During this time of social distancing, everyone has faced uncharted territory in both their personal lives and work. Virtual is the new normal. We are all humbled and connected in this universal need to protect our health and each other by staying inside—hence “getting out” has become “going online” for everyone, including actors.
Adaptability and flexibility may not be everyone’s strong suit, but if an online connection isn’t utilized right now it limits the majority of what people can do. We actors must adapt to this new frontier of working online, whether we’ve used it before or have only just discovered its need since the onset of COVID-19. There are those who say they will wait until things go back to “normal” when they can do things in person. But for many areas of our industry, that timeline is unknown and when it comes, will going online for certain aspects of our career be any less necessary?
Actors, writers, and directors must embrace this online world. We can use it to connect emotionally, train, self-tape, and prepare for and even work on a new series like the creator of “Orange Is the New Black” Jenji Kohan is doing with the new quarantine anthology. We must be open to using this technology and learning to be skilled in it as films record online and splice scenes together of people in different locations, casting and chemistry reads take place virtually, and we connect to the world through our art online.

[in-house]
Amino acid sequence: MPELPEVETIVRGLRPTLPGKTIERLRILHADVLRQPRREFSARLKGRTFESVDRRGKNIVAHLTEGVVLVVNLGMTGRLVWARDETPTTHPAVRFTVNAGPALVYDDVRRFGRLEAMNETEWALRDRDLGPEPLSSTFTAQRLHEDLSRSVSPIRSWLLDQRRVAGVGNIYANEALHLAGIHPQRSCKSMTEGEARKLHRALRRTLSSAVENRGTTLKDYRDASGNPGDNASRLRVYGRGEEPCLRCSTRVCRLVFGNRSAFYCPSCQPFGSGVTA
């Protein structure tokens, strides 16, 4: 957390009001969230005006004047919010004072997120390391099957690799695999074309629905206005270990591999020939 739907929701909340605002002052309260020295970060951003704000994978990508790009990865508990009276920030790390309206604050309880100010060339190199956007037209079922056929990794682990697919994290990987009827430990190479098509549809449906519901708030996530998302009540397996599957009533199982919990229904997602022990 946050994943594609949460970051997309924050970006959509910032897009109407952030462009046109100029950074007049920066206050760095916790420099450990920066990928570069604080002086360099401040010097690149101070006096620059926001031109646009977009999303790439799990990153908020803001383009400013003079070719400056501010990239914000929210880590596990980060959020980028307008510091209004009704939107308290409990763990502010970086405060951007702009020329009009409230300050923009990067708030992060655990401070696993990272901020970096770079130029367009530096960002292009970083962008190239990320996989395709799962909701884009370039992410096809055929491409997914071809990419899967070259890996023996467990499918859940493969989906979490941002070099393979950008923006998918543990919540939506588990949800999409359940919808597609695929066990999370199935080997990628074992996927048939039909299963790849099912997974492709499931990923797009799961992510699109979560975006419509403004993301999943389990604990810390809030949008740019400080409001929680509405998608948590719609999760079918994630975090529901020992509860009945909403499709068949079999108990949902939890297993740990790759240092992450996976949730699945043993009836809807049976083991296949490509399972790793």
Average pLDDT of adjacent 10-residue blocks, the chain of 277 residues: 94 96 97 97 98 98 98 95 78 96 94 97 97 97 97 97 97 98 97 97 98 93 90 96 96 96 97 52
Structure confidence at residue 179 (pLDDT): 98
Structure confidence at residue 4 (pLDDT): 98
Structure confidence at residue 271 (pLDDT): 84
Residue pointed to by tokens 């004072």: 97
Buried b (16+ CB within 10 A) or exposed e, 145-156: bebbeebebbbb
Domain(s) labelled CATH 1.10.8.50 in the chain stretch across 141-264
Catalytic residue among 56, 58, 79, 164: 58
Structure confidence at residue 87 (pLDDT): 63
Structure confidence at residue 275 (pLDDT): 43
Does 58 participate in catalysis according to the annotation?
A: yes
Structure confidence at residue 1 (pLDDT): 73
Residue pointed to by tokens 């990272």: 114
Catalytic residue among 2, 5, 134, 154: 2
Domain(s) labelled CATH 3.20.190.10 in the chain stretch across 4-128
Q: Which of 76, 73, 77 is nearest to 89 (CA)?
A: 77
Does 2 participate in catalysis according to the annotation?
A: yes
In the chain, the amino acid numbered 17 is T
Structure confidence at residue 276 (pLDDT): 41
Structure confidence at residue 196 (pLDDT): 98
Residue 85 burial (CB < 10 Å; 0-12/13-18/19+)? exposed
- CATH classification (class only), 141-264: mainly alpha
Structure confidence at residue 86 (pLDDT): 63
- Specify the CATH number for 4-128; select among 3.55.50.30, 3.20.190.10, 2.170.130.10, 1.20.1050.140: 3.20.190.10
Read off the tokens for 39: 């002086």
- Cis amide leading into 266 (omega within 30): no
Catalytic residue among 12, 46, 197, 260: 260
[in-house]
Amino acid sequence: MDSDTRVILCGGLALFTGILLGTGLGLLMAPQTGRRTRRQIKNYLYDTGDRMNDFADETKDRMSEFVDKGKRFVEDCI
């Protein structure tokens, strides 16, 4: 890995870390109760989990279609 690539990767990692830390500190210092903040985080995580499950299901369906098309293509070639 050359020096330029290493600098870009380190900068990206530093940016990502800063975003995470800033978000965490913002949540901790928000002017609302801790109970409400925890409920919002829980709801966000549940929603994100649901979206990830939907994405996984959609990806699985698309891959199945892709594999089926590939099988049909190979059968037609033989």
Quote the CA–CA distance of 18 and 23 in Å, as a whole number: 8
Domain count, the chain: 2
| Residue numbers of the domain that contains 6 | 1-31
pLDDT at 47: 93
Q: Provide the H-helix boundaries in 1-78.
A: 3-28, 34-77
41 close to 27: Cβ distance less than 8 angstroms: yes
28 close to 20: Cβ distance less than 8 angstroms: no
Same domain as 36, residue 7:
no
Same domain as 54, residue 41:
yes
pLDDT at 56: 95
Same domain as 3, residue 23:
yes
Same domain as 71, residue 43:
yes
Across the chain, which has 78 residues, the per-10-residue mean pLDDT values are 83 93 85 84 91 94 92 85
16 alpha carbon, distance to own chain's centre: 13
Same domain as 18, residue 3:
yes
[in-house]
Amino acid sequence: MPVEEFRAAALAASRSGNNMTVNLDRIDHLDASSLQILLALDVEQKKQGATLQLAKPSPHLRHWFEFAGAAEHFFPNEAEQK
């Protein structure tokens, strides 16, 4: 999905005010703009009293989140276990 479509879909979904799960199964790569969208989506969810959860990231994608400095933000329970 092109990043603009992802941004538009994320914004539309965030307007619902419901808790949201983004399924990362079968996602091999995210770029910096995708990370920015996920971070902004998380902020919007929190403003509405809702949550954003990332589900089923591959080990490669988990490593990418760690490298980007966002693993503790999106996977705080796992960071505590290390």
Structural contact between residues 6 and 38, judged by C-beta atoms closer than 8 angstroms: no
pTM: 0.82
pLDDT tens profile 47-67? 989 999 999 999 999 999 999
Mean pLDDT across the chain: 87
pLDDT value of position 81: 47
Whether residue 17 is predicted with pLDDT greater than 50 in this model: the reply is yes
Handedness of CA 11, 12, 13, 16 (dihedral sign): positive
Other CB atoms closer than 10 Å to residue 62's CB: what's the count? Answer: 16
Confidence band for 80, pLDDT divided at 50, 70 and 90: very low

At our studio, we’ve found the silver lining in this situation. Online acting further highlights the immediate and apparent need for authentic, intimate, and subtle performances. We believe all acting be it stage, film, or television should always possess these qualities. The online format helps in achieving that goal by making it even more necessary and forcing you to be aware of it so much that it will become second nature even beyond the online setting. We have also found a greater need for creativity and invention, sparking some exciting artistic breakthroughs.
Our teachers have trained for years to become instructors in the Meisner technique, which is very specific. By moving online, it’s allowed us to continue working within that method in a very structured manner as well.
Staying connected emotionally and staying creative is key for anyone, but for actors it is essential. Being adaptable and flexible is essential in life to continue to grow. Changing things and shaking them up is something that keeps us all young. Embracing an online world is both an opportunity and a necessity. We say stay adaptable, stay flexible, and open up your world online!
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and do not necessarily reflect the opinions of Backstage or its staff.